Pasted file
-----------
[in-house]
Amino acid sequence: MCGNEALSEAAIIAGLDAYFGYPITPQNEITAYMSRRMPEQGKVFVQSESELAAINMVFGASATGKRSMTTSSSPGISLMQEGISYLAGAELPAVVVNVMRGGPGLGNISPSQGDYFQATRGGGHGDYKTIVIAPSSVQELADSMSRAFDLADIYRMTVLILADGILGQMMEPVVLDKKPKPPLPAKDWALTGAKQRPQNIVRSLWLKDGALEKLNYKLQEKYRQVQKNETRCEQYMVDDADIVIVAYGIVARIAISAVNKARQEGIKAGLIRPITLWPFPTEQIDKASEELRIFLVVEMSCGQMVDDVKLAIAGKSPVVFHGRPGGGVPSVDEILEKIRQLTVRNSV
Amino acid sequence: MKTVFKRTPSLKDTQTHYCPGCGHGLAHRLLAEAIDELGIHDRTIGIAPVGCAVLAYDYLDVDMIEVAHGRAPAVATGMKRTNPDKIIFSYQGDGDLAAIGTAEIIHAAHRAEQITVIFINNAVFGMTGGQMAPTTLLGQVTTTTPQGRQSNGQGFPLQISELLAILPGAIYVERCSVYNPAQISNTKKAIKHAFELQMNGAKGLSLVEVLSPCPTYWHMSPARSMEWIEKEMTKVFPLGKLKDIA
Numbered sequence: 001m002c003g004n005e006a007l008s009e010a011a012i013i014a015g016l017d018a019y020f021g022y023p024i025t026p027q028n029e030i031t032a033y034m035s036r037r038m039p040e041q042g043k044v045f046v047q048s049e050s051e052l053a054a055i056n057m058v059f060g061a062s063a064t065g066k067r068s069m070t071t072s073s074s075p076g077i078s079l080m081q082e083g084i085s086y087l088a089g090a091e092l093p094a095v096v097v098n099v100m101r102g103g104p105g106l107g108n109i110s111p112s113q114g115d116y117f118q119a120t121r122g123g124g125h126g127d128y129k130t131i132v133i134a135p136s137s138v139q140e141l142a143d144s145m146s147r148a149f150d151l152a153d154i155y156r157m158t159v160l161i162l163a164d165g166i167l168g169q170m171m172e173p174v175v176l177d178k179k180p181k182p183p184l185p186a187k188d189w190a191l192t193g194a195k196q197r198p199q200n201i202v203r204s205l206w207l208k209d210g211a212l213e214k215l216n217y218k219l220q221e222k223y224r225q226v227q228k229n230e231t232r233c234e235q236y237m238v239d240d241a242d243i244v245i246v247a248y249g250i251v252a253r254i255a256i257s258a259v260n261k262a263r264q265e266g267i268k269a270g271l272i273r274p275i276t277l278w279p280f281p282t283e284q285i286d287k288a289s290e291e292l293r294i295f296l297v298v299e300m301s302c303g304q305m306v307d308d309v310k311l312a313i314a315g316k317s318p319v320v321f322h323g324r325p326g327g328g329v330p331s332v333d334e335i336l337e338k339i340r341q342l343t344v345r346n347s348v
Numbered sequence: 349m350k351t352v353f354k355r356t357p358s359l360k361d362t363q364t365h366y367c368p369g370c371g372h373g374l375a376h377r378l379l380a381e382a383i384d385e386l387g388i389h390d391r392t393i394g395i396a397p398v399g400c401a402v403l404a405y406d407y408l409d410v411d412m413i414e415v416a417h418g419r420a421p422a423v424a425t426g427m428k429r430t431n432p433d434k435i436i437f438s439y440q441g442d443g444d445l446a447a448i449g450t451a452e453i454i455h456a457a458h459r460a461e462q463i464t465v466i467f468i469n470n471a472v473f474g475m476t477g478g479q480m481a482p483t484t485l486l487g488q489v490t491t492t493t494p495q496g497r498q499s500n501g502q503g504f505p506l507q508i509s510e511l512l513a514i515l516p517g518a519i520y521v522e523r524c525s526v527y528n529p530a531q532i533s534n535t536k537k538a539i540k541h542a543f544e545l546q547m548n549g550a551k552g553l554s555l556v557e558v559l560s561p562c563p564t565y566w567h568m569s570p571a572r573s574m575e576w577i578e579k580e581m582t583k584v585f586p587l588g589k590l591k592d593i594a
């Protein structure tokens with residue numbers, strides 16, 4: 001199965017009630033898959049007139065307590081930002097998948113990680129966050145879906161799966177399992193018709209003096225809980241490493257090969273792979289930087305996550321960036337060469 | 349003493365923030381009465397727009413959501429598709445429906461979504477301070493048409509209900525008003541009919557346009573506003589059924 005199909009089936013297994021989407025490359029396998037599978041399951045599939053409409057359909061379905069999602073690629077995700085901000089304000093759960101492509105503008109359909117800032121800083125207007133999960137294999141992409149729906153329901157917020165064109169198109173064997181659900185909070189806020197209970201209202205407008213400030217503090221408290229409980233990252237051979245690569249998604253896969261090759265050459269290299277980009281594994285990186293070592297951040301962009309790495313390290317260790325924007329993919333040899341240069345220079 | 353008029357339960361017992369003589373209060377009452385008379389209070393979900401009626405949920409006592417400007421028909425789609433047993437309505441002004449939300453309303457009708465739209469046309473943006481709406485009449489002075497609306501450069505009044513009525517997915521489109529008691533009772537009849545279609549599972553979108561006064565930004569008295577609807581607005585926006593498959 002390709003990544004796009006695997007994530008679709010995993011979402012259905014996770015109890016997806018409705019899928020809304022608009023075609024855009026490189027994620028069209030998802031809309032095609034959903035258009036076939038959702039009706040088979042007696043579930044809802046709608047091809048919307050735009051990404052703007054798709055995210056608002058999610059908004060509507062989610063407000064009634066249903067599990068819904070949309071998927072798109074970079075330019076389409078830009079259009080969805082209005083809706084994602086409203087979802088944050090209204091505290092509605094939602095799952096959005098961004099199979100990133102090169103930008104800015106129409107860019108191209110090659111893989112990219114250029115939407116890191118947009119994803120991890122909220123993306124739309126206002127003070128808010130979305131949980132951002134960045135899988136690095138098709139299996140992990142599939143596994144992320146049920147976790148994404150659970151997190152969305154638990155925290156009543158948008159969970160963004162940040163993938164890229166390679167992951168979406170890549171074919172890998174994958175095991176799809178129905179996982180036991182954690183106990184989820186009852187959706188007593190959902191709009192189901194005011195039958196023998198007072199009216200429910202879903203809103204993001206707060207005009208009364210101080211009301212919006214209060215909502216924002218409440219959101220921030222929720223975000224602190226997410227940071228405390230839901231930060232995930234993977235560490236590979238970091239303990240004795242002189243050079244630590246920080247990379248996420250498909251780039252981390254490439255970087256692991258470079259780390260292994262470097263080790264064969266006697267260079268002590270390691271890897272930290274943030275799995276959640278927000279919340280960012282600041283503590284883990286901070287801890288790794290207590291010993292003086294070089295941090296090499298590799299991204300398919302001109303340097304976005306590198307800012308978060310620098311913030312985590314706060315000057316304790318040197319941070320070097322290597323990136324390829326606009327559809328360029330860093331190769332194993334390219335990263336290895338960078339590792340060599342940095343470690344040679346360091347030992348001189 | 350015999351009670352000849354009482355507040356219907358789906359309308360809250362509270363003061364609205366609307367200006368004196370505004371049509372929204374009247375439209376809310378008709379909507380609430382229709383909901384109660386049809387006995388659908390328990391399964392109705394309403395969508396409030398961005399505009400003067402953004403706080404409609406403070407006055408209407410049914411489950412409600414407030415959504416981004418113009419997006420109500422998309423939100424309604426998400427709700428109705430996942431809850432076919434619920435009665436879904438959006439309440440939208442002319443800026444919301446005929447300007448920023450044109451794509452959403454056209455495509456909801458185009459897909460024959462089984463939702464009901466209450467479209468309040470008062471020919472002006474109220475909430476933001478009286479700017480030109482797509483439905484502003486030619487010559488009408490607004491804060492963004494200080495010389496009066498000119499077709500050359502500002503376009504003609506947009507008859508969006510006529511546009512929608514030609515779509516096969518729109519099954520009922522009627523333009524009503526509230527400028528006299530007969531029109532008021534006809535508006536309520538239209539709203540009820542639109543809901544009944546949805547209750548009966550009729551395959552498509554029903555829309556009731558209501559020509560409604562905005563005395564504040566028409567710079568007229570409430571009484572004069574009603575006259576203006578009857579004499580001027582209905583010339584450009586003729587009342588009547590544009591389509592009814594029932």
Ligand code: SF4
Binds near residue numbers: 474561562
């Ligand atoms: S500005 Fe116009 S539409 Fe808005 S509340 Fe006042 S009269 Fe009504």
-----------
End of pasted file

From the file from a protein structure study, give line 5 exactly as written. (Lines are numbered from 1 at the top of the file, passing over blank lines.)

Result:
Numbered sequence: 349m350k351t352v353f354k355r356t357p358s359l360k361d362t363q364t365h366y367c368p369g370c371g372h373g374l375a376h377r378l379l380a381e382a383i384d385e386l387g388i389h390d391r392t393i394g395i396a397p398v399g400c401a402v403l404a405y406d407y408l409d410v411d412m413i414e415v416a417h418g419r420a421p422a423v424a425t426g427m428k429r430t431n432p433d434k435i436i437f438s439y440q441g442d443g444d445l446a447a448i449g450t451a452e453i454i455h456a457a458h459r460a461e462q463i464t465v466i467f468i469n470n471a472v473f474g475m476t477g478g479q480m481a482p483t484t485l486l487g488q489v490t491t492t493t494p495q496g497r498q499s500n501g502q503g504f505p506l507q508i509s510e511l512l513a514i515l516p517g518a519i520y521v522e523r524c525s526v527y528n529p530a531q532i533s534n535t536k537k538a539i540k541h542a543f544e545l546q547m548n549g550a551k552g553l554s555l556v557e558v559l560s561p562c563p564t565y566w567h568m569s570p571a572r573s574m575e576w577i578e579k580e581m582t583k584v585f586p587l588g589k590l591k592d593i594a